|Feb 9, 2013, 06:30 PM||#1|
Going to upgrade my Mac Pro, need advice!
So I have a Mac Pro that I mainly use for Adobe After Effects (CS 6) and Ableton 8 and would like to make some performance upgrades to optimize those two applications.
Here's an overview of my current setup:
Model Name: Mac Pro
Processor Name: Quad-Core Intel Xeon
Processor Speed: 2.8 GHz
Number Of Processors: 2
Total Number Of Cores: 8
L2 Cache (per processor): 12 MB
Memory: 2 GB 800 MHz DDR2 F8-DIMM
Bus Speed: 1.6 GHz
I would like to get the most of my computer and am not too worried about cost. Don't wanna cheap out on anything. So if anyone has any recommendations on what I should buy to really speed things up on my system I would really appreciate the help!
|Feb 9, 2013, 10:48 PM||#2|
Memory, memory, memory. AE needs more memory. 8GB min. Better at 16GB+. SSD next on list for boot and apps and maybe a new 1TB single platter Seagate HDD that can push 200MB/s+ for streams.
Mac Pro W3680, GTX 680, 12GB DDR3, SSD; MBP, 2.6GHz Core i7, 16GB DDR3, SSD; Eizo fs2333
|Feb 10, 2013, 07:54 AM||#3|
Assuming this is a MacPro3,1 (early-2008) - sounds like it in your description - you have two challenges; RAM is expensive, and you are using an older version of SATA (ver. 2.0).
But, You have to little RAM, get 16GB (at least). It is indeed expensive, but if you want to save a little, you can use the slightly slower 667MHz DIMMs.
However, to take full advantage of todays faster interface, you might consider getting a PCI SATA card, for your SSD. These allow you run HW RAID as well, and your system will really shine. There are also a few cards with tons of RAM on them, acting as an SSD, the Accelsior from OWC for instance...
Lastly you can always put a fast CUDA graphics card in your MP. The GTX570 is great for CS applications.
nMP 3.5GHz 6C/64GB/1TB/D700s - Echo Express 1TB Accelsior/2x500GB Sonnet Tempo - MBP 13"/3GHz i7/16GB/512GB - MBA 13"/2GHz i7/8GB/250GB - MMI 2.3HGz/8GB/500GB - TC 3TB - ReadyNAS Pro 6x3TB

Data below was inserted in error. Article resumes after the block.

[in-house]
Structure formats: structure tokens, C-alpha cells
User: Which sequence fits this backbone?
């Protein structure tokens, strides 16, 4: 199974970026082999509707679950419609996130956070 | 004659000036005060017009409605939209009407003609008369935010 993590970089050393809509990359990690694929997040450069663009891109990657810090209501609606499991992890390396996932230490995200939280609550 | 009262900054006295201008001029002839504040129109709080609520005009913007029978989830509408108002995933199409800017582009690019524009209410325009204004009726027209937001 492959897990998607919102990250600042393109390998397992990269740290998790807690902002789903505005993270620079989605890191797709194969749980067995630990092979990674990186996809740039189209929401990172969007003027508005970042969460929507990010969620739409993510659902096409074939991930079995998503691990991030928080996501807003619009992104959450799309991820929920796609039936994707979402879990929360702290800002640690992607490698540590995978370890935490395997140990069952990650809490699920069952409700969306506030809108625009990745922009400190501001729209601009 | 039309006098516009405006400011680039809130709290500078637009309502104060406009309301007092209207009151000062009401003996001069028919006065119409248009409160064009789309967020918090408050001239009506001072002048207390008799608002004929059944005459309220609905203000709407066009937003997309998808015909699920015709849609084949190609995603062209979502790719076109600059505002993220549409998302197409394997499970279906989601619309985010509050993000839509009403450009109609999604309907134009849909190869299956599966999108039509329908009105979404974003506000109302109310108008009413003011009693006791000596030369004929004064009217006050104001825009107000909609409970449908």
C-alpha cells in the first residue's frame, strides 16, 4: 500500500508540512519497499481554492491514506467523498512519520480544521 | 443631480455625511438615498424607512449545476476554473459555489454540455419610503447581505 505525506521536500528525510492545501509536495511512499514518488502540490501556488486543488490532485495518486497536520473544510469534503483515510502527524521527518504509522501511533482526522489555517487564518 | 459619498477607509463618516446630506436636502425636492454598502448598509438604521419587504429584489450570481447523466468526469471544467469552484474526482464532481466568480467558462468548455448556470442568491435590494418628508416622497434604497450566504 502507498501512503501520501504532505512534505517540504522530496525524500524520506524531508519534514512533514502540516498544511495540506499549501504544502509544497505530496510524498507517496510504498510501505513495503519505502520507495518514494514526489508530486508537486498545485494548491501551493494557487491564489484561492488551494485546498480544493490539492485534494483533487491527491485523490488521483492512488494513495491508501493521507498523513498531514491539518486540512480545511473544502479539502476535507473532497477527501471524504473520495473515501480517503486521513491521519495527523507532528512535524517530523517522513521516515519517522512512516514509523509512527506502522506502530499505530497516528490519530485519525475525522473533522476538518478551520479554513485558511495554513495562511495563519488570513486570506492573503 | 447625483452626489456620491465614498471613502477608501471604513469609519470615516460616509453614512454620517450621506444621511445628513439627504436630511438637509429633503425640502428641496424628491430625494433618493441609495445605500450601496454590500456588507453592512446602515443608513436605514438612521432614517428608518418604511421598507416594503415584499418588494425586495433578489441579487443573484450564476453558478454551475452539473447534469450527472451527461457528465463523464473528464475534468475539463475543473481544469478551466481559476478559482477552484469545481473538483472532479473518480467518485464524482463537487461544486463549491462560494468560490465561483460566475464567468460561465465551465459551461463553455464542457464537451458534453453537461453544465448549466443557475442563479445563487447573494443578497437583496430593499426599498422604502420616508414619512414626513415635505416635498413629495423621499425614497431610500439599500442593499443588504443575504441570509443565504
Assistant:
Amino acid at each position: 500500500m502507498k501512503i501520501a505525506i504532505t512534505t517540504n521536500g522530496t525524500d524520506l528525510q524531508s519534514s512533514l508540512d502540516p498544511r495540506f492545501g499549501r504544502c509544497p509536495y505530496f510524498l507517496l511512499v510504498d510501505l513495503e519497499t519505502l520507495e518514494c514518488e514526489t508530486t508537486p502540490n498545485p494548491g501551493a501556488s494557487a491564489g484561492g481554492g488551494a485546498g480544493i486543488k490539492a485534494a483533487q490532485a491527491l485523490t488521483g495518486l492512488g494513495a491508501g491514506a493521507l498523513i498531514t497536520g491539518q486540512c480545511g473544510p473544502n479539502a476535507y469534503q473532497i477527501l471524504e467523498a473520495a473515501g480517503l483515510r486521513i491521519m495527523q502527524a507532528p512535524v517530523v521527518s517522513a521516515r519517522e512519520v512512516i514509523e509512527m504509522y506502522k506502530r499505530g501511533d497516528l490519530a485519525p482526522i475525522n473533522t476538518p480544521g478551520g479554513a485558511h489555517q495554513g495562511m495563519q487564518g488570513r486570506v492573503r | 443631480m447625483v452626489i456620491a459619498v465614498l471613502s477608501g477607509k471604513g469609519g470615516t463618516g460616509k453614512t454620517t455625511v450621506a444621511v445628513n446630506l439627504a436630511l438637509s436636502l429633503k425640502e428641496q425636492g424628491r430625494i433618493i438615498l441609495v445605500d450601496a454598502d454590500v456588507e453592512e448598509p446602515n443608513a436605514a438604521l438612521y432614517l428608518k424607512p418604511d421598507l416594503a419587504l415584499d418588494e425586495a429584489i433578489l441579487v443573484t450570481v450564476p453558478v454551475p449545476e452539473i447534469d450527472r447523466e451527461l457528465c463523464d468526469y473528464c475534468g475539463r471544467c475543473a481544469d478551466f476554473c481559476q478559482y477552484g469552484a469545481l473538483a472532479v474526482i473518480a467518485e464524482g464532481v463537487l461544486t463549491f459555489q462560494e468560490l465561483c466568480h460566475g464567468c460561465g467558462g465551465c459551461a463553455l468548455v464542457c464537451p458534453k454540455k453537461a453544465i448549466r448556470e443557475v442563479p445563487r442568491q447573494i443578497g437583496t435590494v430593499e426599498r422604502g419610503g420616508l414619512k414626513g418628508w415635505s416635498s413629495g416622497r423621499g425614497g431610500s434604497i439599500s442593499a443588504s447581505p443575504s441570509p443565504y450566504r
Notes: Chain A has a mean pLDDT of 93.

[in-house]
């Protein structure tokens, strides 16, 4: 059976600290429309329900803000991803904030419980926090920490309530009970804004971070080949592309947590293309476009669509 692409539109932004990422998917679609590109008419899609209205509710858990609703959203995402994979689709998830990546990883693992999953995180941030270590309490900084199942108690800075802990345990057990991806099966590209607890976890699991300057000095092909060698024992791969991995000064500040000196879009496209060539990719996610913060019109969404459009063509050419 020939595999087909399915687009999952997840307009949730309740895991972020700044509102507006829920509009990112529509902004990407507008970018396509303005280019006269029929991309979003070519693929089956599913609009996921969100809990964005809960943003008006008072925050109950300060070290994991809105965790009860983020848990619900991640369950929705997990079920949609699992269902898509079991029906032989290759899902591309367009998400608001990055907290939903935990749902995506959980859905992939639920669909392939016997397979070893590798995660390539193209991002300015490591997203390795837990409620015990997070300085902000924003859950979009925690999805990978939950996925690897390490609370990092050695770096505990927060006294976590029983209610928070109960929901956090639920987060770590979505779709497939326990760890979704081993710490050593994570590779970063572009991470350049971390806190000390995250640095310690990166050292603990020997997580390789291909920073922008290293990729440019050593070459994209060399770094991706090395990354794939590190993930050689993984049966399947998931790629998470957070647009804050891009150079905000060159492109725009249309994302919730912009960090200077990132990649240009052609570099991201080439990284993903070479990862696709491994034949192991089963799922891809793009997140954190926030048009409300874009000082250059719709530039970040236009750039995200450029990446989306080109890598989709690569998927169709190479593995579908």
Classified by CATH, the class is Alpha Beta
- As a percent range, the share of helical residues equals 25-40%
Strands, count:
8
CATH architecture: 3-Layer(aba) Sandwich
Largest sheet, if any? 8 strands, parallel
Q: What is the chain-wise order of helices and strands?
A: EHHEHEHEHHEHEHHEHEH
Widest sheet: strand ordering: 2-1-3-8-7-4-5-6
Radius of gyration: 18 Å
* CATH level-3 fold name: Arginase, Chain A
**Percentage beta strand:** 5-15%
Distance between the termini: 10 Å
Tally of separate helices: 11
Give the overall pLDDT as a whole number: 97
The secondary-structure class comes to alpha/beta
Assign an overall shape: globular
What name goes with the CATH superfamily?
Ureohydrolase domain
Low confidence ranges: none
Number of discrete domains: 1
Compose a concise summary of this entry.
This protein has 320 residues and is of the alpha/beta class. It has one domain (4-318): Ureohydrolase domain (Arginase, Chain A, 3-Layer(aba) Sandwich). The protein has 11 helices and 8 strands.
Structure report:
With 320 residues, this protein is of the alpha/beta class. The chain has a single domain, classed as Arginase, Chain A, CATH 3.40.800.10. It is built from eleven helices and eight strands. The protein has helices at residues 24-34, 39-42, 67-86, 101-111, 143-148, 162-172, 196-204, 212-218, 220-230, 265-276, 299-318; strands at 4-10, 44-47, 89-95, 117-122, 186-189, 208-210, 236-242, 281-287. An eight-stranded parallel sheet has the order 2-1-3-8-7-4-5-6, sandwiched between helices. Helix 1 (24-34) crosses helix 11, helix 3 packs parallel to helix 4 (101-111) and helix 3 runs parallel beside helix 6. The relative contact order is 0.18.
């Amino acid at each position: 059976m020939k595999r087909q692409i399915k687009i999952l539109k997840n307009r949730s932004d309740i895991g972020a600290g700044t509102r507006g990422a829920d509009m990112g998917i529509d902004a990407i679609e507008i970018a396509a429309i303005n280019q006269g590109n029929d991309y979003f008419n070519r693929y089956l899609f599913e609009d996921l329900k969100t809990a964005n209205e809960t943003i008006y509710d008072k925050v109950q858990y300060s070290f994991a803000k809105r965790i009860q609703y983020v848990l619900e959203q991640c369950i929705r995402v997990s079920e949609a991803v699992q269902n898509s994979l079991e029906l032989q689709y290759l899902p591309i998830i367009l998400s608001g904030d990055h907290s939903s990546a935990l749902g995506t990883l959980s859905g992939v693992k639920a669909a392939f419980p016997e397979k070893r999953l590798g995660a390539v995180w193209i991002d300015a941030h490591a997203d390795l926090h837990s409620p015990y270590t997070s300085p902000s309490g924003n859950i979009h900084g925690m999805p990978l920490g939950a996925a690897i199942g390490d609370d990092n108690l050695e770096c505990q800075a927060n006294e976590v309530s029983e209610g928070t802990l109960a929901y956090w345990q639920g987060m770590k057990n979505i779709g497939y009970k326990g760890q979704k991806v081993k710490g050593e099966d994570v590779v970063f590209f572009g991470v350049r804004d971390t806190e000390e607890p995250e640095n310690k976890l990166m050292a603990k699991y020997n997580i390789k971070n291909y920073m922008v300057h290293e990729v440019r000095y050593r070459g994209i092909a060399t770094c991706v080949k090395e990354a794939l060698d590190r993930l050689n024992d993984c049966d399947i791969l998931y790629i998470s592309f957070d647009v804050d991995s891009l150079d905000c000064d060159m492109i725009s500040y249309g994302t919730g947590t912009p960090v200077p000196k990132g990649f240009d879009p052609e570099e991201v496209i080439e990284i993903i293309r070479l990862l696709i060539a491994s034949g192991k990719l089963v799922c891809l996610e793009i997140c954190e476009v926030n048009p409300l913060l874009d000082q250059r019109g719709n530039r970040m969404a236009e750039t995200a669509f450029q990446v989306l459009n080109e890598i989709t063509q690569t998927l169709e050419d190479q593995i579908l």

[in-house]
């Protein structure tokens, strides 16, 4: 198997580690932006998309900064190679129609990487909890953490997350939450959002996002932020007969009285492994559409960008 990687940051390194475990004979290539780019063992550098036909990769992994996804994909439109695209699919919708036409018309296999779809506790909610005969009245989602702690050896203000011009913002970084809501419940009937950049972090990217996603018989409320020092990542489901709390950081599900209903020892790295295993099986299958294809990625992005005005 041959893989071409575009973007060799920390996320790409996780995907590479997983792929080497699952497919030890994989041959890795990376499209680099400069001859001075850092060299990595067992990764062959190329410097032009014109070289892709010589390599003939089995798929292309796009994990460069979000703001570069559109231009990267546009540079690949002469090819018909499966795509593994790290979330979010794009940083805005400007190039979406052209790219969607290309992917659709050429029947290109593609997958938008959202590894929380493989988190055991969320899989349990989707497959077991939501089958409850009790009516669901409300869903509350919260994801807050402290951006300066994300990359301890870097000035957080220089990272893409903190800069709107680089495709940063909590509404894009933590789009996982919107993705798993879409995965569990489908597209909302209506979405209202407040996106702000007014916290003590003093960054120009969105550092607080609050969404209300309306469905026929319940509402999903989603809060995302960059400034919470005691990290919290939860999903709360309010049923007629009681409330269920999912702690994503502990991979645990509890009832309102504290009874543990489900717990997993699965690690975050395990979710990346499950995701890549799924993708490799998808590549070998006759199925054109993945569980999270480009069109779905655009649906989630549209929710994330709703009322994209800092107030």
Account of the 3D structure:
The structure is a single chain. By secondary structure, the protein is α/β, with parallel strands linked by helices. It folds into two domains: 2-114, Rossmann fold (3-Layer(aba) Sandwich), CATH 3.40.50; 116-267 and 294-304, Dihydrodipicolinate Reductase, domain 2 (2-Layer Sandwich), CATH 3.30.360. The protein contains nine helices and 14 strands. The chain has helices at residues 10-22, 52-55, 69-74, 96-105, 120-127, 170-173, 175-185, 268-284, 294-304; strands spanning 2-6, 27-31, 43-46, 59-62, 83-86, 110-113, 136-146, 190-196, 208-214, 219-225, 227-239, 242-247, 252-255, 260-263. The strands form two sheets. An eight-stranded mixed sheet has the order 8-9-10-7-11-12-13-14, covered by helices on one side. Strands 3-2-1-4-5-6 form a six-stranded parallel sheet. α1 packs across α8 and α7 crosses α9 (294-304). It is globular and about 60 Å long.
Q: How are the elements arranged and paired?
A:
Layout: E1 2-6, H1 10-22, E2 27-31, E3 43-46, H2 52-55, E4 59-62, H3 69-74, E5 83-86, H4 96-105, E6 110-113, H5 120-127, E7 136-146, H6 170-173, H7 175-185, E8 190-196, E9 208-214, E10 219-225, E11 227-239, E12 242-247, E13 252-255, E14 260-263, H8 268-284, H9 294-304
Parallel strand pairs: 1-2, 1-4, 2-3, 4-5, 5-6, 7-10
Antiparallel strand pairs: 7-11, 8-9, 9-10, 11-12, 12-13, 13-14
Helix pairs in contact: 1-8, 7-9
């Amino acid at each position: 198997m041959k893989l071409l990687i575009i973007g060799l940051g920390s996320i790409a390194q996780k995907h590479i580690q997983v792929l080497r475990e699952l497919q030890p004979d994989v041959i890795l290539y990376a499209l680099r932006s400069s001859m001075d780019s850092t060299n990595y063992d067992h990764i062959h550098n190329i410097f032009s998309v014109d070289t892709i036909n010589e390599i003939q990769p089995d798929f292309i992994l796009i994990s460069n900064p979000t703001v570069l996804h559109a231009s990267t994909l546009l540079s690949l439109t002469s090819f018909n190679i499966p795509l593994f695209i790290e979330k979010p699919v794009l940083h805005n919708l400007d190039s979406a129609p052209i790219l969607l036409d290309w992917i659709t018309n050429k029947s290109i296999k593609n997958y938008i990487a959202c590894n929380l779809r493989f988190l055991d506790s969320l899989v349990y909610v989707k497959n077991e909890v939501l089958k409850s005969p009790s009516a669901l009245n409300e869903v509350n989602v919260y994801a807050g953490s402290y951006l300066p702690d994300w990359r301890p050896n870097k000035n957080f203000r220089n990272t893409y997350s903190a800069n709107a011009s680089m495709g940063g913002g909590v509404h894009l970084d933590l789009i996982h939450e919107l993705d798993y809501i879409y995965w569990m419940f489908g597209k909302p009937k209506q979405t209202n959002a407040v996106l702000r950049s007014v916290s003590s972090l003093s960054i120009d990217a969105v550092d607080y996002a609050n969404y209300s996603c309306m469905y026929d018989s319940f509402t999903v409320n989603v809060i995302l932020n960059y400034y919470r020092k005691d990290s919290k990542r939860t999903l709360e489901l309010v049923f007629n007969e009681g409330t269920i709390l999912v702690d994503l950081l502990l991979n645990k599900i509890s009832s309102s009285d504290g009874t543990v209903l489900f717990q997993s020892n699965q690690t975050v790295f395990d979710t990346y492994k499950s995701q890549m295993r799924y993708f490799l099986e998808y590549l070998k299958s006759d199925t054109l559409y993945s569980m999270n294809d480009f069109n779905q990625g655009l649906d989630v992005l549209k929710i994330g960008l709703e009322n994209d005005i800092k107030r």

|Feb 10, 2013, 10:11 AM||#4|
If it is a 2008 Mac Pro 3,1 like mine then there are a few upgrades that are really worthwhile. The RAM as others have said. It's expensive but worth it. Secondly an SSD. If you just put this in one of the regular drive sleds the SATA-II bus will throttle it but it will still be 2X faster than a rotating hard disk. It is however much better if you have a free PCI slot to get an Apricom Velocity X2 & mount the SSD on that for full SATA-III performance. Finally a good CUDA graphics card like the GTX570 (available used on eBay for under $200 or equivalent) will enormously improve the performance of some but not all After Effects rendering
|Feb 11, 2013, 06:41 PM||#5|
If cost is not a problem, why not sell that one and get at least a 2009, but recommend a 2010. The westmere processors are more efficient, the memory is cheaper and faster. I had a 2008 mac pro like yours. I enjoyed using it to edit video. Maxed my memory out but jeez, those fsb memory modules are expensive. Still think the 2008 mac pro was the best bang for your buck of mac pro's. Miss the platform but not the cost of the newer ones. Reason why I built my dual xeon pc. Think you would be better served with a newer model. But if your set to stay with the 2008, put as much memory as you can afford and get an ssd.
2010 2.66 Mac Mini(SL), ATV3, iPhone 6P, Dual X5670 2.93 Westmere Win7 PC w/48gb ram & 4930K w/32gb ram Win7.
|Feb 12, 2013, 02:21 AM||#7|
From Apple's link:
"Mac Pro (Early 2008)
The Mac Pro (Early 2008) computers implement PCI Express revision 2.0 which support twice the data rate per lane as the PCI Express revision 1. Slots 1 and 2 are both x16 revision 2.0 slots. Slots 3 and 4 are both x4 revision 1 slots. Placing a revision 1 card in a revision 2.0 slot, or visa-versa, is supported and results in a revision 1 link.
The number of lanes for each of these slots is permanently set for the Mac Pro (Early 2008). The Expansion Slot Utility doesn't apply.
Mac Pro (Early 2009), Mac Pro (Mid 2010), and Mac Pro (Mid 2012)
The Mac Pro (Early 2009), Mac Pro (Mid 2010), and Mac Pro (Mid 2012) computers implement PCI Express revision 2.0 for all four slots. Slots 1 and 2 are x16 slots, and slots 3 and 4 are x4 slots. As with the Mac Pro (Early 2008), placing a revision 1 card in a revision 2.0 slot works and results in a revision 1 link.
The Expansion Slot Utility is not required for these configurations, since the number of lanes for each slot are permanently set."
- - - - -
Having said that, the drive bays all run at SATA II, but the PCI slots are not related in this way, but rather by whether they are PCI Express revision 1.0 or 2.0.
PCI Express Info
Per lane (x1)
PCI Express 1.0 = 250MB/second
PCI Express 2.0 = 500MB/second
Hope that helps.
Wait a second... So you're telling me anything that happens in the sky is legal, and there's a giant crime-blimp flying around this place? I don't know how I missed that.
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